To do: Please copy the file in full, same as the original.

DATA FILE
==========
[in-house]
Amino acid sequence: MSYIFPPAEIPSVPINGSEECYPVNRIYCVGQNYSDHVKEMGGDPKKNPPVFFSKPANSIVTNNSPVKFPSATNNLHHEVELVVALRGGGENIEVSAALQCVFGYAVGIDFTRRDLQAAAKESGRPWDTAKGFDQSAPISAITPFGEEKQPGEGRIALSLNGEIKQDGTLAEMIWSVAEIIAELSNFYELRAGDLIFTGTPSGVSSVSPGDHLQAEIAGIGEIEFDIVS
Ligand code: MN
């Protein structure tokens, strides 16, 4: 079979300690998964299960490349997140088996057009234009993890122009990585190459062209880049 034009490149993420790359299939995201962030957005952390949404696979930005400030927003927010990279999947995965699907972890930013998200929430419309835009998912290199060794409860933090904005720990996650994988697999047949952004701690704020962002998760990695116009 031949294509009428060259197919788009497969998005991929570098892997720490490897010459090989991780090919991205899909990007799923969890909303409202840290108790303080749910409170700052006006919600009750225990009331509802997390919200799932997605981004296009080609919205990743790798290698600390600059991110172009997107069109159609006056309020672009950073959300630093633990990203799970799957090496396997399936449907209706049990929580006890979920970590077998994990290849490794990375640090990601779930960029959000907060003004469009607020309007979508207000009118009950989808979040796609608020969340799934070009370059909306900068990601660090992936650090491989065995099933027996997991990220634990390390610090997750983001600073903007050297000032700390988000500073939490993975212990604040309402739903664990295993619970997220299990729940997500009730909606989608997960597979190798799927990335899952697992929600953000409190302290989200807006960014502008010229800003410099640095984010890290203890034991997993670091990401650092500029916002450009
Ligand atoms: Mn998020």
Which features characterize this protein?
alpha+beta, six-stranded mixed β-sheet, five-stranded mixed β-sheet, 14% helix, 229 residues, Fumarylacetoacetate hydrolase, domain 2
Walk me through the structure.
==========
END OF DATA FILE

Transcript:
[in-house]
Amino acid sequence: MSYIFPPAEIPSVPINGSEECYPVNRIYCVGQNYSDHVKEMGGDPKKNPPVFFSKPANSIVTNNSPVKFPSATNNLHHEVELVVALRGGGENIEVSAALQCVFGYAVGIDFTRRDLQAAAKESGRPWDTAKGFDQSAPISAITPFGEEKQPGEGRIALSLNGEIKQDGTLAEMIWSVAEIIAELSNFYELRAGDLIFTGTPSGVSSVSPGDHLQAEIAGIGEIEFDIVS
Ligand code: MN
């Protein structure tokens, strides 16, 4: 079979300690998964299960490349997140088996057009234009993890122009990585190459062209880049 034009490149993420790359299939995201962030957005952390949404696979930005400030927003927010990279999947995965699907972890930013998200929430419309835009998912290199060794409860933090904005720990996650994988697999047949952004701690704020962002998760990695116009 031949294509009428060259197919788009497969998005991929570098892997720490490897010459090989991780090919991205899909990007799923969890909303409202840290108790303080749910409170700052006006919600009750225990009331509802997390919200799932997605981004296009080609919205990743790798290698600390600059991110172009997107069109159609006056309020672009950073959300630093633990990203799970799957090496396997399936449907209706049990929580006890979920970590077998994990290849490794990375640090990601779930960029959000907060003004469009607020309007979508207000009118009950989808979040796609608020969340799934070009370059909306900068990601660090992936650090491989065995099933027996997991990220634990390390610090997750983001600073903007050297000032700390988000500073939490993975212990604040309402739903664990295993619970997220299990729940997500009730909606989608997960597979190798799927990335899952697992929600953000409190302290989200807006960014502008010229800003410099640095984010890290203890034991997993670091990401650092500029916002450009
Ligand atoms: Mn998020």
Which features characterize this protein?
alpha+beta, six-stranded mixed β-sheet, five-stranded mixed β-sheet, 14% helix, 229 residues, Fumarylacetoacetate hydrolase, domain 2
Walk me through the structure.